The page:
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  • Writer's pictureThe San Juan Daily Star

Senator urges creation of panel to study island’s declining population

By The Star Staff

At-large Sen. Keren Riquelme Cabrera urged the Senate leadership Sunday to address the decline in births in Puerto Rico by approving Senate Resolution (SR) 772, which would create the Senate Special Commission on Initiatives to Mitigate the Demographic Decline on the Island.

“If we continue on this path, more educational institutions, both public and private, at all levels, including universities, will soon disappear,” Riquelme said. “There will be labor shortages in many sectors, and eventually, the tax burden on everyone will be greater due to the lack of viable people. Likewise, the situation of our older adults will worsen if there are no caregivers for them. This is a serious problem that needs serious solutions.”

SR 772, co-authored by Riquelme, of the New Progressive Party, and Popular Democratic Party Sen. Albert Torres Berrios, was introduced on April 19, 2023, and has been in the Senate Internal Affairs Committee since then.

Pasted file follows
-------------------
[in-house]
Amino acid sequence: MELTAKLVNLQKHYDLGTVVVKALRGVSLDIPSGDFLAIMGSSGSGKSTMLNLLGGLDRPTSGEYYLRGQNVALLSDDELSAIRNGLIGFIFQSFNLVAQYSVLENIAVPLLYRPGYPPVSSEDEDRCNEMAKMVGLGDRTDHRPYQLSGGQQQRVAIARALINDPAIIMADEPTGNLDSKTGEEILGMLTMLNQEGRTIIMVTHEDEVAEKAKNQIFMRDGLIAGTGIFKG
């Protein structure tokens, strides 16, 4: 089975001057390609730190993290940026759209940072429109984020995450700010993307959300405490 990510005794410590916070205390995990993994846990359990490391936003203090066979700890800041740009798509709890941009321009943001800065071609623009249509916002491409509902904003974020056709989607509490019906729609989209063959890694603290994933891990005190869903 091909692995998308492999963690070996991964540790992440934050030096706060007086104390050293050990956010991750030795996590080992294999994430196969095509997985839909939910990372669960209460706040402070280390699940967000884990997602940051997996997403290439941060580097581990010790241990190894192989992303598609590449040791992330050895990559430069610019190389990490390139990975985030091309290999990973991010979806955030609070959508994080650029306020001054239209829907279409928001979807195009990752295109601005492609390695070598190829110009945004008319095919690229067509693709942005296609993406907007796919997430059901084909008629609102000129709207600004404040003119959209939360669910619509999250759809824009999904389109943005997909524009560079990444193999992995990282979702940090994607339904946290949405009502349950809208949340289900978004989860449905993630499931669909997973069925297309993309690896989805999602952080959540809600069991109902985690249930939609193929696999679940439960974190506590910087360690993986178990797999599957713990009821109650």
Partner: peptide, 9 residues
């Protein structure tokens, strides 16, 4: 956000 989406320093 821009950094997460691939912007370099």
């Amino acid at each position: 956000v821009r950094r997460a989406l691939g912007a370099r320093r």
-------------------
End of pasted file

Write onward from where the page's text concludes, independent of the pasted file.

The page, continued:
Riquelme said the proposed special commission would address measures and initiatives related to demographic issues, and would develop concrete and viable proposals to address the problem.

“The Legislature has created special commissions before to address specific issues and then, due to their nature, they become permanent joint commissions between the Senate and the House of Representatives, as is the case of the Joint Commission for the Review and Reform of the Civil Code of Puerto Rico, among many others. This commission that we have proposed has a function that exceeds the four-year period, which is why it must be evaluated,” Riquelme said. “We call on the Senate leadership to take a firm and consistent step by approving this legislation whose primary purpose is to address the demographic reality of Puerto Rico, which impacts all sectors of society.”

“Not talking about the issue does not make the problem go away; on the contrary, it increases it,” the senator added. “There is a reality in Puerto Rico: we have the second lowest birth rate in the world (0.90 per 1,000); essentially, around 18,000 babies are born every year, while deaths exceed 32,000. The government took action, including the administrator of the Administration for Care and Comprehensive Development of Children, Roberto Pagán, who detailed in his work plan a study on births, the demographics of the island, and solutions in the short and long term. It is time for the Legislature to fully insert itself into this discussion.”

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